Ever Heard of a Pangram? There’s One You Probably Know!


I suspect there are a great many people who have never heard the term ‘pangram.’ But despite that, most people do know an example of one.

If you ever took a typing course at any point in your life, you had to type a pangram. When you’re learning to type, it can be very helpful.

I never took a formal typing class. When I was a kid, my parents had an old Royal manual typewriter and I played with that long before I knew how to craft sentences or even spell. As I learned those skills, my typing went from gibberish to actual writing.

Out of curiosity, I just took an informal typing test. I scored 72 words per minute, which is probably lower than I actually type. But in that case, I was typing someone else’s words rather than my own. I’m sure, like most people, I type faster when I’m typing what I want to say rather than retyping what someone else already wrote.

That said, the typing test didn’t require that I retype a pangram. If I had, I might have been a bit slower, since I would have certainly had to use more keys.

A pangram, you see, is simply a sentence that uses every letter of the alphabet. There are 26 letters in the English alphabet, so when you create a pangram, you build a sentence into which every letter is involved.

You surely know one by heart

Most people wouldn’t know what a pangram is by name. But if they saw one sentence in particular, they’d probably recognize it for what it is.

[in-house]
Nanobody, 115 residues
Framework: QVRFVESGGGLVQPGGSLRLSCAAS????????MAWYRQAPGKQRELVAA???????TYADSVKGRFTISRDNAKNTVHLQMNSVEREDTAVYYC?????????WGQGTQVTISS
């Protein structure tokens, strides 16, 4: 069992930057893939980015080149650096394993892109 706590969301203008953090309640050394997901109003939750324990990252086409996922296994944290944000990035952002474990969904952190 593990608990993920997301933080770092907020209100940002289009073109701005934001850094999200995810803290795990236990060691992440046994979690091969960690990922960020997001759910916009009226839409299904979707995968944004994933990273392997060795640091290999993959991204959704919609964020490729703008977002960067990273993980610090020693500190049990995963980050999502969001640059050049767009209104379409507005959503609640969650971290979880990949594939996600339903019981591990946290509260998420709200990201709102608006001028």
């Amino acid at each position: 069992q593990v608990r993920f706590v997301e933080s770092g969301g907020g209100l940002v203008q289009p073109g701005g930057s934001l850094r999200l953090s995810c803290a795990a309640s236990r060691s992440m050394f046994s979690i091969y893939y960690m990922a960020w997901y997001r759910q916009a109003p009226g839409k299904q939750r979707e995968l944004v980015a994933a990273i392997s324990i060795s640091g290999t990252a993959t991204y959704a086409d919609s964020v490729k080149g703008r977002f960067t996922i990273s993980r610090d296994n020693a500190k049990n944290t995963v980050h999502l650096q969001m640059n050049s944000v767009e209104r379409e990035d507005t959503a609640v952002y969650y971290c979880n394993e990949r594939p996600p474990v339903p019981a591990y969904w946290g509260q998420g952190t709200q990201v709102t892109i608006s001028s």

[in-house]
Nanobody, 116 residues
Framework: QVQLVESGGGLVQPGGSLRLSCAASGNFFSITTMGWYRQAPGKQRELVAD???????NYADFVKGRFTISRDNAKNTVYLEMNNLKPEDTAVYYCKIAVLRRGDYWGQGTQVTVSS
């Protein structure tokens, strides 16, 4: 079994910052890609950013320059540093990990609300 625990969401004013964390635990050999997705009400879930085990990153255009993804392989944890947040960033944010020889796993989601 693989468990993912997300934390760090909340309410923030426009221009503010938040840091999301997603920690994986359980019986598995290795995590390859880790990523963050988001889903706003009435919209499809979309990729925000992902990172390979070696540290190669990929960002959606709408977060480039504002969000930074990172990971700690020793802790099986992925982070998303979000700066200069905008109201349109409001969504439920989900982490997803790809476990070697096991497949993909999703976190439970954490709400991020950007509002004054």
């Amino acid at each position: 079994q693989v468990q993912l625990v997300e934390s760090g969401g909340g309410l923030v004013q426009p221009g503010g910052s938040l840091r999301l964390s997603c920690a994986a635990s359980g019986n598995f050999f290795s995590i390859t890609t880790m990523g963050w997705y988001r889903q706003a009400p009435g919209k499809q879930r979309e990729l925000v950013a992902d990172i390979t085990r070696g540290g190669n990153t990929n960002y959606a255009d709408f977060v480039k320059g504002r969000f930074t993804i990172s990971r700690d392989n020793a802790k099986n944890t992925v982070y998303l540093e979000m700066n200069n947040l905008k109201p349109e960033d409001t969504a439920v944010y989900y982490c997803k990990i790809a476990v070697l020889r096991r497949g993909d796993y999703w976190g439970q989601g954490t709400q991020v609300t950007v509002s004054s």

The quick brown fox jumped over the lazy dog.

That simple sentence contains every letter of the alphabet. It fits in all 26 letters in just nine words. It even includes those rarely-used letters like Q, X and Z.

There is such a thing as a perfect pangram. To make one perfect, it can only contain all letters of the alphabet only once each. That means, of course, it can only be 26 letters long. One of the most popular perfect pangrams with words that are recognizable would probably be this one:

Mr. Jock, TV quiz Ph.D., bags few lynx.

You can argue that Ph.D. is an academic title and not a word. If that disqualifies the sentence for you, I wish you luck finding a perfect pangram that you’d be happy with.

But here are a few other pangrams that, while not perfect, do use every letter:

Pack my box with five dozen liquor jugs.

When zombies arrive, quickly fax Judge Pat.

Amazingly few discotheques provide jukeboxes.

I don’t know when I’ve ever spelled out the full word discotheque or why you’d want to rely on Judge Pat over anyone else when zombies arrive. But they at least qualify as pangrams.

And now, in addition to that familiar line about the fox and the dog, you know a few additional examples and the term that describes those clever little sentences!

the authorPatrick
Patrick is a Christian with more than 30 years experience in professional writing, producing and marketing. His professional background also includes social media, reporting for broadcast television and the web, directing, videography and photography. He enjoys getting to know people over coffee and spending time with his dog.